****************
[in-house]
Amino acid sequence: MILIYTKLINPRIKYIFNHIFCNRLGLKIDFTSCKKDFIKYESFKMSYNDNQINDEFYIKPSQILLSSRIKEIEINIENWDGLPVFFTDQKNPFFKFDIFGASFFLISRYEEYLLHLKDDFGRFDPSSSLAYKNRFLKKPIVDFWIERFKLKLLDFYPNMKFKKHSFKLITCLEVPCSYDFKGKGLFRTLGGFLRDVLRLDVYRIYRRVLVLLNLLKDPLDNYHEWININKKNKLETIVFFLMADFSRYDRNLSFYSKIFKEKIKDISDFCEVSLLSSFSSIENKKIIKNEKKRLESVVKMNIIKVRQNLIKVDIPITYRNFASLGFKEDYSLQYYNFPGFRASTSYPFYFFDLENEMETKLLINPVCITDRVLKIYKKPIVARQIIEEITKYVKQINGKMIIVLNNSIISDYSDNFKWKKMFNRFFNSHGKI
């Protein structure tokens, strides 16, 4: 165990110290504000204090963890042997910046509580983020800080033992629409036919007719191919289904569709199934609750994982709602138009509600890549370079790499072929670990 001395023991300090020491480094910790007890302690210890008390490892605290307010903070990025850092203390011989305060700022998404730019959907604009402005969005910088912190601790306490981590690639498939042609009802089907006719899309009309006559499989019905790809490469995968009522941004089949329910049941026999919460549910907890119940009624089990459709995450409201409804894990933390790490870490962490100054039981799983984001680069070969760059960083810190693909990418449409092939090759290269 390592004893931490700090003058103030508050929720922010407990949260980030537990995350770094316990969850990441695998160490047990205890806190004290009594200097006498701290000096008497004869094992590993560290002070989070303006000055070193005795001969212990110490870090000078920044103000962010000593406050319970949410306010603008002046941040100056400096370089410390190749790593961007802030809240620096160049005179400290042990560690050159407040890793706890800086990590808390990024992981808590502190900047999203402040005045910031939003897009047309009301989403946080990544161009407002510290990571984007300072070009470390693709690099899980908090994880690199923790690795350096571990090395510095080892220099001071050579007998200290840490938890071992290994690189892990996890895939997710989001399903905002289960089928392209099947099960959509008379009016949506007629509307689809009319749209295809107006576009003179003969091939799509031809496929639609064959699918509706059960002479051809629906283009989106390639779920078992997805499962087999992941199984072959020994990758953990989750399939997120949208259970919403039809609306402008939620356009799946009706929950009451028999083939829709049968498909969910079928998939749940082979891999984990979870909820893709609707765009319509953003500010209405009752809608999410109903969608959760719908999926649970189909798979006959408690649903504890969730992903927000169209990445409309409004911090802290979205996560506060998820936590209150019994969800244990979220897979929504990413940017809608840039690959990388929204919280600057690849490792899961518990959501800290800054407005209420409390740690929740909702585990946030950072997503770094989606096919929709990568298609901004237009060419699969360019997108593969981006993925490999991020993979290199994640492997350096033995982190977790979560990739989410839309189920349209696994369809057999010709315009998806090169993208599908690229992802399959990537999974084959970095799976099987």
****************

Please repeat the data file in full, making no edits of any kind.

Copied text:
[in-house]
Amino acid sequence: MILIYTKLINPRIKYIFNHIFCNRLGLKIDFTSCKKDFIKYESFKMSYNDNQINDEFYIKPSQILLSSRIKEIEINIENWDGLPVFFTDQKNPFFKFDIFGASFFLISRYEEYLLHLKDDFGRFDPSSSLAYKNRFLKKPIVDFWIERFKLKLLDFYPNMKFKKHSFKLITCLEVPCSYDFKGKGLFRTLGGFLRDVLRLDVYRIYRRVLVLLNLLKDPLDNYHEWININKKNKLETIVFFLMADFSRYDRNLSFYSKIFKEKIKDISDFCEVSLLSSFSSIENKKIIKNEKKRLESVVKMNIIKVRQNLIKVDIPITYRNFASLGFKEDYSLQYYNFPGFRASTSYPFYFFDLENEMETKLLINPVCITDRVLKIYKKPIVARQIIEEITKYVKQINGKMIIVLNNSIISDYSDNFKWKKMFNRFFNSHGKI
């Protein structure tokens, strides 16, 4: 165990110290504000204090963890042997910046509580983020800080033992629409036919007719191919289904569709199934609750994982709602138009509600890549370079790499072929670990 001395023991300090020491480094910790007890302690210890008390490892605290307010903070990025850092203390011989305060700022998404730019959907604009402005969005910088912190601790306490981590690639498939042609009802089907006719899309009309006559499989019905790809490469995968009522941004089949329910049941026999919460549910907890119940009624089990459709995450409201409804894990933390790490870490962490100054039981799983984001680069070969760059960083810190693909990418449409092939090759290269 390592004893931490700090003058103030508050929720922010407990949260980030537990995350770094316990969850990441695998160490047990205890806190004290009594200097006498701290000096008497004869094992590993560290002070989070303006000055070193005795001969212990110490870090000078920044103000962010000593406050319970949410306010603008002046941040100056400096370089410390190749790593961007802030809240620096160049005179400290042990560690050159407040890793706890800086990590808390990024992981808590502190900047999203402040005045910031939003897009047309009301989403946080990544161009407002510290990571984007300072070009470390693709690099899980908090994880690199923790690795350096571990090395510095080892220099001071050579007998200290840490938890071992290994690189892990996890895939997710989001399903905002289960089928392209099947099960959509008379009016949506007629509307689809009319749209295809107006576009003179003969091939799509031809496929639609064959699918509706059960002479051809629906283009989106390639779920078992997805499962087999992941199984072959020994990758953990989750399939997120949208259970919403039809609306402008939620356009799946009706929950009451028999083939829709049968498909969910079928998939749940082979891999984990979870909820893709609707765009319509953003500010209405009752809608999410109903969608959760719908999926649970189909798979006959408690649903504890969730992903927000169209990445409309409004911090802290979205996560506060998820936590209150019994969800244990979220897979929504990413940017809608840039690959990388929204919280600057690849490792899961518990959501800290800054407005209420409390740690929740909702585990946030950072997503770094989606096919929709990568298609901004237009060419699969360019997108593969981006993925490999991020993979290199994640492997350096033995982190977790979560990739989410839309189920349209696994369809057999010709315009998806090169993208599908690229992802399959990537999974084959970095799976099987």